Even though Merle saw himself as an outsider, and said the group looks at him like he’s the devil for kidnapping Glenn and Maggie, we saw several people reach out to Merle and try to pull him in. There was Carol in this episode; Daryl trying to smooth things over with Glenn; Michonne, who seemed to make a peace with Merle in her own way; Hershel talking the Bible with him in a previous episode; and Rick, who while distrustful, did seem to accept that Merle was with Daryl, and by association was part of the group. Merle doesn’t seem to be someone who worries about what everyone else thinks of him, so it seems that the demons he was running from were not other peoples’ opinions of him – they were his own.

Sorrowful Life

This episode was heartbreaking, and that’s a credit to the acting skills of Michael Rooker, the powerful writing, and the contributions of everyone else involved. The successful transformation of Merle from a racist, reckless villain to sympathetic brother and tragic hero, in what amounted really to just a few episodes, was impressive. I knew something like this was coming, not that Merle would be killed in this episode – I didn’t read the spoilers – but I knew that he couldn’t last with the group for too long. He was too much of a loose cannon. And while I had hoped for his redemption, I’m not sure I would have believed it if it had happened. After The Suicide King, I dared to hope that we would see Merle interact with the group for at least half a season and that we’d get some quality scenes between Merle and Daryl. I mostly got my wish, so in a way, I’m OK with this.

In this episode, we got some memorable Merle moments to add to our collection, other great scenes, and some profound quotes from many sources:

Merle tearing up the prisoners’ mattresses, looking for dope, was classic.

Merle gets the chance to call Rick “Officer Friendly” one last time in a chilling scene where he tells Rick that the Governor will torture Michonne, and that Rick is “cold as ice.”

Merle: “You know something. You’re right. I don’t know why I do the things I do. I never did. I’m a damned mystery to me. But I know you Rick. Yeah, I thought a lot about you. You ain’t got the spine for it.”

Daryl: “You can't do things without people any more now, man.”

Michonne: “You talk about the weight of what you have to do. How you can handle it. A bad man, someone truly evil, they’re light as a feather. They don’t feel a thing.”

Michonne: “The truth is this could have been your shot. With your skills? A whole new beginning. But you choose to stay on the outside. No one’s going to mourn you. Not even Daryl. He’s got a new family.”

Merle: “You’re as much on the outside as I am, girl.”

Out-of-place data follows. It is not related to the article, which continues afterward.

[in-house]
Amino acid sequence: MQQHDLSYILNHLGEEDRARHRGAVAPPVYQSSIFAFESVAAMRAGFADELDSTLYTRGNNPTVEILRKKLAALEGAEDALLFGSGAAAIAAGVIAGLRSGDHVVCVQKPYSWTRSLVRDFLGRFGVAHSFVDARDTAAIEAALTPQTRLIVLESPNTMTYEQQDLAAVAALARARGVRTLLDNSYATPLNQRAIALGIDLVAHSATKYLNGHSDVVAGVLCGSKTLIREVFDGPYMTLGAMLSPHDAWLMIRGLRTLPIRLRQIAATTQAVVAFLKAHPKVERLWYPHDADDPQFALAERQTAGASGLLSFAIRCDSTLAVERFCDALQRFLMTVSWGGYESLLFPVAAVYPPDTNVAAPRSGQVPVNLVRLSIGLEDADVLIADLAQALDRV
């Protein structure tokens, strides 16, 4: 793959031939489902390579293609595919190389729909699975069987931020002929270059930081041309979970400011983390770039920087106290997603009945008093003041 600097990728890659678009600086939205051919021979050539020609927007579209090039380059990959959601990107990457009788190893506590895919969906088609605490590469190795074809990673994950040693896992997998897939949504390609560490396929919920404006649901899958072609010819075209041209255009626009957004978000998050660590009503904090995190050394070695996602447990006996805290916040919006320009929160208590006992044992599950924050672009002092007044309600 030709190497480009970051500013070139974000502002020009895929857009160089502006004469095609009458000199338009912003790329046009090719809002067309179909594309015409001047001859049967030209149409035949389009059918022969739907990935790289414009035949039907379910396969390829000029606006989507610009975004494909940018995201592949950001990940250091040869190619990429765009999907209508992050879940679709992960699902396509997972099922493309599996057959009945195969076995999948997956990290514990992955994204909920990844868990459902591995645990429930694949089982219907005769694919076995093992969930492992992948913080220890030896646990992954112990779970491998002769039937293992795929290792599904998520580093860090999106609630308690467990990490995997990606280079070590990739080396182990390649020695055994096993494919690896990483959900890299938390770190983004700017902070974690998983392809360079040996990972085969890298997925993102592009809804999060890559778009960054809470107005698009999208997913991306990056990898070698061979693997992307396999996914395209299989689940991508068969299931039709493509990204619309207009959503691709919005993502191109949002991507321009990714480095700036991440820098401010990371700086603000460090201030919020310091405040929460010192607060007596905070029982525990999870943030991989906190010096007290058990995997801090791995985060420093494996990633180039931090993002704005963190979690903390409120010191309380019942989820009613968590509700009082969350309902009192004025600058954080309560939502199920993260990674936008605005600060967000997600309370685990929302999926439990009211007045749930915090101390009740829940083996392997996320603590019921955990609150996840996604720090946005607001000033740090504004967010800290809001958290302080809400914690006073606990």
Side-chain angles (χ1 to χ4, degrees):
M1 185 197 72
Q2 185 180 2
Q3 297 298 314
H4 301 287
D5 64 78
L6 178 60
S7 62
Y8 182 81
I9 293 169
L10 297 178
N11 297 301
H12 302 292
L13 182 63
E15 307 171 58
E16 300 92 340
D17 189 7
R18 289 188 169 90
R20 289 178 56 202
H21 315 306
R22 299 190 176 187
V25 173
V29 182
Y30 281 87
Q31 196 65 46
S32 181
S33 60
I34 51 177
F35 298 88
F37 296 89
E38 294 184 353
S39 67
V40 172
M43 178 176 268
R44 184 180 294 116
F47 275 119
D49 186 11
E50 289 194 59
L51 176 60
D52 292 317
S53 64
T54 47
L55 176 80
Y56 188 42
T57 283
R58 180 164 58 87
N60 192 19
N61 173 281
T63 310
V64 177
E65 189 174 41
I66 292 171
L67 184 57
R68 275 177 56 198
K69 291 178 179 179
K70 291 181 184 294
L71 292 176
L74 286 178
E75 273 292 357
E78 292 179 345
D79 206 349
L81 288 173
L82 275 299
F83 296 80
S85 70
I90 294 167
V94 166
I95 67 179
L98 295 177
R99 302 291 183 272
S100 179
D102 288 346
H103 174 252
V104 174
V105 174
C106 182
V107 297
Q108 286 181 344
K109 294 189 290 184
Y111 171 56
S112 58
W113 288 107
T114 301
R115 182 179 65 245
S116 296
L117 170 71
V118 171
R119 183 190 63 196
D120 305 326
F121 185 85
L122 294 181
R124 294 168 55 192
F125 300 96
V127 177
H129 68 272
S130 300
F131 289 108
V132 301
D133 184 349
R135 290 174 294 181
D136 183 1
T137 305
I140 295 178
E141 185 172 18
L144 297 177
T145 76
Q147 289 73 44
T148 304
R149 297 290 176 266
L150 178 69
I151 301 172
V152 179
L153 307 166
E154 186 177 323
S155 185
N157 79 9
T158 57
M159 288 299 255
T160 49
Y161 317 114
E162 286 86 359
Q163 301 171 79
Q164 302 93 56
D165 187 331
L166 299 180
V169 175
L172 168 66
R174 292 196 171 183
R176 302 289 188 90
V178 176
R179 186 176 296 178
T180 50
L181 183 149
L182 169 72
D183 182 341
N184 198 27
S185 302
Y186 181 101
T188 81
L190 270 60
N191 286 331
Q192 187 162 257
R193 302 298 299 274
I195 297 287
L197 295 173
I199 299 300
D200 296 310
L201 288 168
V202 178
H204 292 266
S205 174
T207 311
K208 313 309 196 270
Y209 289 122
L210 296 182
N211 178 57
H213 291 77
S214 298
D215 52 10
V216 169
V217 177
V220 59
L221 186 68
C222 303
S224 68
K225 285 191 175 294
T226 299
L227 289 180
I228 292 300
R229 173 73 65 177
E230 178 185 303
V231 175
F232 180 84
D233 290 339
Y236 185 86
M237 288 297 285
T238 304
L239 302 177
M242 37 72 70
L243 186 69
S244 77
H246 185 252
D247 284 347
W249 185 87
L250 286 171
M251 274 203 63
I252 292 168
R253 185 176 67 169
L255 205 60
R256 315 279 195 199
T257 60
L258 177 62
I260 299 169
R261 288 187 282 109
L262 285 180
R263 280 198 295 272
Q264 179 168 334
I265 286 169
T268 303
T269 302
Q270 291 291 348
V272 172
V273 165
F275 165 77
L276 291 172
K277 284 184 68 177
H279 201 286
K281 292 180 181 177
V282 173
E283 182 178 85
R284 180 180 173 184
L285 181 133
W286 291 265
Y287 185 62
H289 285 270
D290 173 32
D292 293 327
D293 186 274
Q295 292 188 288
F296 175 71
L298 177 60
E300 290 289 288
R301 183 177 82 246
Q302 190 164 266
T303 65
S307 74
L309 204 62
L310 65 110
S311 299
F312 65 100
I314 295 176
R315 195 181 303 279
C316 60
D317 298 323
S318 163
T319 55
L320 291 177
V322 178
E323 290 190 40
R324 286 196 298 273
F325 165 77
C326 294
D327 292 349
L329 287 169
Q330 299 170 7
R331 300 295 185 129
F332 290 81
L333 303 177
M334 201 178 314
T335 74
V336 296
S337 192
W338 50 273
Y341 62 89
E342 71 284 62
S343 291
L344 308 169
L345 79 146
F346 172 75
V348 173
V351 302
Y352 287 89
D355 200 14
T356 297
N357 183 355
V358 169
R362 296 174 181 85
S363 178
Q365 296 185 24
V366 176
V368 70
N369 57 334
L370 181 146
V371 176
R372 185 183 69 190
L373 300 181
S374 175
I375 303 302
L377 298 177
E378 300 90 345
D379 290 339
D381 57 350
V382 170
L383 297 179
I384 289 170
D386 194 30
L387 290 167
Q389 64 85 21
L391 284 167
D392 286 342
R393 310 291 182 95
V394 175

Also from the episode:

Did you catch Merle putting Rick’s phone in his backpack? It was probably for the wire to tie Michonne up, but I would like to think that it is a sign that it is time for Rick to move forward too.

Glenn and Maggie got engaged. While cutting the ring off a walker’s hand was a little creepy, the scene between the two of them, as well as the one between Glenn and Hershel, were sweet. This much happiness makes me worry for them in next week’s finale. It’s too bad Glenn and Maggie’s moment couldn’t help but be overshadowed by the Merle storyline.

So Rick is finally giving up his little dictatorship. Thank you. The speech at the end of last season never seemed right to me, and Rick has been bowed down under the weight of the responsibility for being in charge of everyone all season. He needs to share the load, and he can’t become like the Governor.

The voice-over effect of Hershel reading from the Bible as Rick saw a vision of Lori and reconsidered his decision to sacrifice Michonne was beautifully done.

It looks like the son of the annoying character with Tyreese and Sasha was killed by Merle. That will likely erupt in some drama next episode, and will probably play a role in Tyreese and Sasha joining Team Rick.


One thing that didn’t ring quite true to me was Merle’s response that he hadn’t killed anyone before he teamed up with the governor. He’s ex-military, and he was very close to killing T-Dog in season 1 without provocation. It’s possible, but I doubt it.

Was that a radio playing the car? It could have been a tape or CD, but it looked like a radio, which begs the question what radio station is still broadcasting about a year after the zombie apocalypse. And why would this car’s battery still be good?

When Merle tied Michonne to the post while he was breaking into the car, why didn’t she even try to untie it when he wasn’t looking? She had about a minute there before the walkers started closing in.

So what are your thoughts? How do you think it next week’s finale will play out? Will you miss Merle?